02.20.14 5:15 AM ET
Google Glass’s Insane, Terrifying Etiquette Guide
Emily Post would wholeheartedly approve of Google Glass’s attempt at imposed decorum, although whether she could have been persuaded to wear a pair of skinny wraparound glasses with an in-built computer is another matter. Spurred by an array of etiquette infractions by users, Google Glass has issued a list of do’s and dont’s for using the new technology to stop you from becoming a “glasshole.”
The advice is littered with such headache-inducing wordplay. “Respect others, and if they have questions about Glass don’t get snappy,” users, or “Explorers,” are cautioned. But snappiness is surely inevitable if every five paces someone comes up and asks you what you’re wearing on your head. Soon, through gritted teeth, you will seethe: “It’s a pair of glasses with a computer in it, over one eye, so I'm always looking a little bit oddly kind of up and to the side. You must have seen the stuff on the news about it. You turn a little dial thing and scroll through stuff, that’s it, can I go to the dry cleaners now. Thanks!”
We are told gravely that in places where you are asked to turn off your cell phone, you must turn off your Glass as well. OK, as the disingenuous Google very well knows, in places where people are asked to turn their cell-phones off—theaters, cinemas—many do not. So now, we’ll have to put up with the next generation of insensitive fellow patrons given licence to ruin whatever we’re trying to watch. Great. And they’re not even watching what we’re watching because they’re also watching their Google Glass.
How realistically can these rules be self-enforced? Is there a right way and wrong way to wander round with a computer stapled to your head, while remaining a thoughtful, aware member of society? Google Glass insists there is.
Under the don’ts list is the overarching command not to “glass out,” or zone out. Glass, as the contraptions are termed by their makers who also clearly want to attach the word “glass” indiscriminately to anything they choose, was built for “short bursts of information and interactions that allow you to quickly get back to doing the other things you love. If you find yourself staring off into the prism for long periods of time, you’re probably looking pretty weird to the people around you.”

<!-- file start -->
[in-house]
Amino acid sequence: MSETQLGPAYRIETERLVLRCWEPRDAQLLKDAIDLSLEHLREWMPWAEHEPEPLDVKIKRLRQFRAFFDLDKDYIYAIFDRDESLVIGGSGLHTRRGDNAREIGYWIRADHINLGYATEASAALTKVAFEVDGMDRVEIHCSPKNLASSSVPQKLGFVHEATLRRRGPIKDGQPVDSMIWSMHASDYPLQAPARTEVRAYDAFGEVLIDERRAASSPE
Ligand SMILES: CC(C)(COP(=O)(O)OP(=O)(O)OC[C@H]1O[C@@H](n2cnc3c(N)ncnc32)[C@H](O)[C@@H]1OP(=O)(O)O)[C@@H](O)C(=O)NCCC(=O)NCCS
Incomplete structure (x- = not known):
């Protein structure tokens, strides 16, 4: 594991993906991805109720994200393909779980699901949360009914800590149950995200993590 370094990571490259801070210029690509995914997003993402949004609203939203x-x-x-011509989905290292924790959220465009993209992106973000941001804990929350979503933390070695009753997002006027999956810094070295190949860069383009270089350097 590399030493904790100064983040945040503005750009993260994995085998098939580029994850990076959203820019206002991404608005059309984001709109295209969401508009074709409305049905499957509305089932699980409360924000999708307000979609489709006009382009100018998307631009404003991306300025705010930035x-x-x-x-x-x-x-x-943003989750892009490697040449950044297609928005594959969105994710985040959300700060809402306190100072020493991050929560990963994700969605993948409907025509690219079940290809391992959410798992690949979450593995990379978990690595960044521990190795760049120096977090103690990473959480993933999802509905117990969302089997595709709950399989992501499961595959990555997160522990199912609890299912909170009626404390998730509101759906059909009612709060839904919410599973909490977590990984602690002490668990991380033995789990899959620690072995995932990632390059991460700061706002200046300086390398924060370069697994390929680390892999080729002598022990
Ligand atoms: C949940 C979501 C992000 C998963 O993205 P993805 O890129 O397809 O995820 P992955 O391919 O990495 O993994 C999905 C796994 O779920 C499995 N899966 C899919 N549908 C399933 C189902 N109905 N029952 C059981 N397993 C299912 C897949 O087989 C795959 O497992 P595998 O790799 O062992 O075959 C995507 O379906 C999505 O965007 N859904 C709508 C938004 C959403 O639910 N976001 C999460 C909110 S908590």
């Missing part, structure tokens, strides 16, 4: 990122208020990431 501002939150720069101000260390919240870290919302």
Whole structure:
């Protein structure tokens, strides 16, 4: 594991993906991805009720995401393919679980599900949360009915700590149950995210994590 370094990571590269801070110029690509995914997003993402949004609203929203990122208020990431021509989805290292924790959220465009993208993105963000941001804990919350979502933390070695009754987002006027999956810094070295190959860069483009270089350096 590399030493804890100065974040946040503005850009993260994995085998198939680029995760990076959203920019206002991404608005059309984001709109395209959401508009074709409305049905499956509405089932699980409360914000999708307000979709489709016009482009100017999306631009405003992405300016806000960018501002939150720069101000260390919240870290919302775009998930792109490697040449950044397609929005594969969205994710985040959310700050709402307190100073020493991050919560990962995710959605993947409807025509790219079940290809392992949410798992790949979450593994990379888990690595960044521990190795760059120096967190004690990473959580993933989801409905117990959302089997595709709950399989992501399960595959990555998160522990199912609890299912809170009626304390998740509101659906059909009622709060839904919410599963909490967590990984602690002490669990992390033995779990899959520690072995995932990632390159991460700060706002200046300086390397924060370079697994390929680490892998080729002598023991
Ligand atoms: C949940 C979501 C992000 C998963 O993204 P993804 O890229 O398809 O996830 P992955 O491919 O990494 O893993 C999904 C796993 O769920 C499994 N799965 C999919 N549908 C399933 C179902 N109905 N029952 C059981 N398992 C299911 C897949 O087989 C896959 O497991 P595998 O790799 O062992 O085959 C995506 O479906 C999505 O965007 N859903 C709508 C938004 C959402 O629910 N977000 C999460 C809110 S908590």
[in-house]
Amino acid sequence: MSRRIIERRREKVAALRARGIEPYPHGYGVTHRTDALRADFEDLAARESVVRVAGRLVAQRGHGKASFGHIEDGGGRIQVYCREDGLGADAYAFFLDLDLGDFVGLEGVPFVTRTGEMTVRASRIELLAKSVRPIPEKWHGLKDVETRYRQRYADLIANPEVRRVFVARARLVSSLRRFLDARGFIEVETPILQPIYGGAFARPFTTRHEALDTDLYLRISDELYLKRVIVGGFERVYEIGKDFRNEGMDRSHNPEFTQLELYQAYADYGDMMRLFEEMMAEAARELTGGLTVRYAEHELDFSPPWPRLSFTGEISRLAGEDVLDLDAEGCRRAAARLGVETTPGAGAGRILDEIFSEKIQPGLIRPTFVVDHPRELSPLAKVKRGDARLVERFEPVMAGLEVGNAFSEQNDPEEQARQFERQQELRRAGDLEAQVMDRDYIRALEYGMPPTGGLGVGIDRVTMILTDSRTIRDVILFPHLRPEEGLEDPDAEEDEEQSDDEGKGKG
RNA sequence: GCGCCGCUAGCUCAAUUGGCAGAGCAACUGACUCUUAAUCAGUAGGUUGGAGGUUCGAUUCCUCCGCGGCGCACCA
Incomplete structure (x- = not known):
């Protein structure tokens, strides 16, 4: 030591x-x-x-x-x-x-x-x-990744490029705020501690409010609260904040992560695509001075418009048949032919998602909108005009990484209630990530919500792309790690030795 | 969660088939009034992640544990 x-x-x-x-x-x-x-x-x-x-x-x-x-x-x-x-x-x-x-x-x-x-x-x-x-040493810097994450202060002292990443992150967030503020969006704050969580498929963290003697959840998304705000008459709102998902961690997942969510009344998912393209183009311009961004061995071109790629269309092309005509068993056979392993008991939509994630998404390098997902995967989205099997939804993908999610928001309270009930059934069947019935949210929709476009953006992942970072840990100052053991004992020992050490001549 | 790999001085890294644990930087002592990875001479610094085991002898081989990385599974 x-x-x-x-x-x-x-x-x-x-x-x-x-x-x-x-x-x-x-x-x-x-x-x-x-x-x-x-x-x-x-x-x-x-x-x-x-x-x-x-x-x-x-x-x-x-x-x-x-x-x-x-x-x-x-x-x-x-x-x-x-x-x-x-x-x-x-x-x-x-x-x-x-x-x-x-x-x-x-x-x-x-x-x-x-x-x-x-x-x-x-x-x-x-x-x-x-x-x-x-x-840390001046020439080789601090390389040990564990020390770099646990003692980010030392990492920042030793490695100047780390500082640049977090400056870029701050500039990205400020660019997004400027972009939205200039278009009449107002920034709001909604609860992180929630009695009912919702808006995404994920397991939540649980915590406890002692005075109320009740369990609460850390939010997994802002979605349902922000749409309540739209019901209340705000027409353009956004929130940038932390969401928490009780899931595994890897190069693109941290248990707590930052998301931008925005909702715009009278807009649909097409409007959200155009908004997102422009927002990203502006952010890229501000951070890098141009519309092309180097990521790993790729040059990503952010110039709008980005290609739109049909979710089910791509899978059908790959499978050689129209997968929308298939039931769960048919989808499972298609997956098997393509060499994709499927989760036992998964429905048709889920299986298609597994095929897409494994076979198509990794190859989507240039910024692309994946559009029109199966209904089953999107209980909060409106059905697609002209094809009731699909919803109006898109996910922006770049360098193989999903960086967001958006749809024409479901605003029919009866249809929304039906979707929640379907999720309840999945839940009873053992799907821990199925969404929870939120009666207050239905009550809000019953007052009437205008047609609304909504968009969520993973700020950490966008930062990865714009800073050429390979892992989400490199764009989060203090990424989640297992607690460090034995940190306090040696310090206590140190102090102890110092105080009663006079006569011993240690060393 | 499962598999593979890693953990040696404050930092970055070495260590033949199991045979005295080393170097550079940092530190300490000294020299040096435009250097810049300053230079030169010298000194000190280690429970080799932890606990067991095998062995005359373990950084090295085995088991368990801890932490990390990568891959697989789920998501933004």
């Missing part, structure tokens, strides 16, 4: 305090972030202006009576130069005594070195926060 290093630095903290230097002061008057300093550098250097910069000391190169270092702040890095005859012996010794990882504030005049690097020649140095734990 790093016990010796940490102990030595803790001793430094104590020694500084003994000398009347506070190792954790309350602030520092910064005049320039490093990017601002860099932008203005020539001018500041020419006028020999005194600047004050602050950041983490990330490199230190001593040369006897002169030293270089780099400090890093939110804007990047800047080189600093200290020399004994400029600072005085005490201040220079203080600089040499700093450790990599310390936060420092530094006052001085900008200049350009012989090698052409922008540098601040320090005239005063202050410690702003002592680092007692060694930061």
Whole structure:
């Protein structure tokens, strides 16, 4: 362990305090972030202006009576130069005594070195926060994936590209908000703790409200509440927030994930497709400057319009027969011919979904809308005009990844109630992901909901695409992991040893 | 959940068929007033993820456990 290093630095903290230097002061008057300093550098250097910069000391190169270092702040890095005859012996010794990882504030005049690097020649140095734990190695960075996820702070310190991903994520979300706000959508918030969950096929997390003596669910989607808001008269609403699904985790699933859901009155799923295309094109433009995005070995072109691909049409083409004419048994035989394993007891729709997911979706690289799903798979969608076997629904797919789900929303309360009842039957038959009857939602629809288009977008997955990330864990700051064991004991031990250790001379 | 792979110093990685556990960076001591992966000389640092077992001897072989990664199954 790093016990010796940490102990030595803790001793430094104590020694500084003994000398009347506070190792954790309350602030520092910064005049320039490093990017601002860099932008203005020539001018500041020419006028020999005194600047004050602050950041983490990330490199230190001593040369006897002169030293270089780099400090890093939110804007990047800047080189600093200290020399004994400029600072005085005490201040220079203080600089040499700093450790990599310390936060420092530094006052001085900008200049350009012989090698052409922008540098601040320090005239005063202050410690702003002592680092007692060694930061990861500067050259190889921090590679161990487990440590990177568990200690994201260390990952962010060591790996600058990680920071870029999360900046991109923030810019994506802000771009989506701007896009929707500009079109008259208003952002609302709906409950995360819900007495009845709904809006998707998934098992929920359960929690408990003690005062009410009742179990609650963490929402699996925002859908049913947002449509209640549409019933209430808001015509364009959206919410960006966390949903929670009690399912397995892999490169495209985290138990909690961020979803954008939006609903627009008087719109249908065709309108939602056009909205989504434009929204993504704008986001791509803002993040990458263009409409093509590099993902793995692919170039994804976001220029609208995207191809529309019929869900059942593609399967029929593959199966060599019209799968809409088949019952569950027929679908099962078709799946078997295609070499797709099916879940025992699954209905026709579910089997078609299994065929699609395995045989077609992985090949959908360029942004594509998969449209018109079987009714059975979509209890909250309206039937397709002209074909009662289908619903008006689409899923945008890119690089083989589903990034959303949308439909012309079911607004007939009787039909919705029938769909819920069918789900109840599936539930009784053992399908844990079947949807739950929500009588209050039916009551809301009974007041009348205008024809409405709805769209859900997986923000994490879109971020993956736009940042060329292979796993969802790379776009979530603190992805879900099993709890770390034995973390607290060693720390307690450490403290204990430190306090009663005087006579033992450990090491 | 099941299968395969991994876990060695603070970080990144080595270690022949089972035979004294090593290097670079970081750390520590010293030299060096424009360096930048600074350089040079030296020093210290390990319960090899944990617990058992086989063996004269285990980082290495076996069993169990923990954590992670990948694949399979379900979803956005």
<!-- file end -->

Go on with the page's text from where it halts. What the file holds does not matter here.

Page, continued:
If only that was true. It’s more likely those people are wondering what you’re looking at, and—in such a latest-gizmo, technology-obsessed world—whether they can they experience it, too. Which is just as Google Glass would want. Also, the Google Glass was designed for full use, not partial, restricted use. Many people already spend most of their days in front of computers for work or play. Now Google has decided to make money by designing a computer people can wear when they’re away from their desks. That precious time when we are not in front of a screen—walking, looking at the world around us, not being bombarded by electronically mediated information right in front of our faces—is now also to be mediated by technology.
Most depressingly, Google, playing the good guy cautioning against over-use, counsel: “Don’t read War and Peace on Glass. Things like that are better done on big screens.” What a deathly piece of advice. Yeah, or, you know, War and Peace also looks okay on pages, in, like, a book.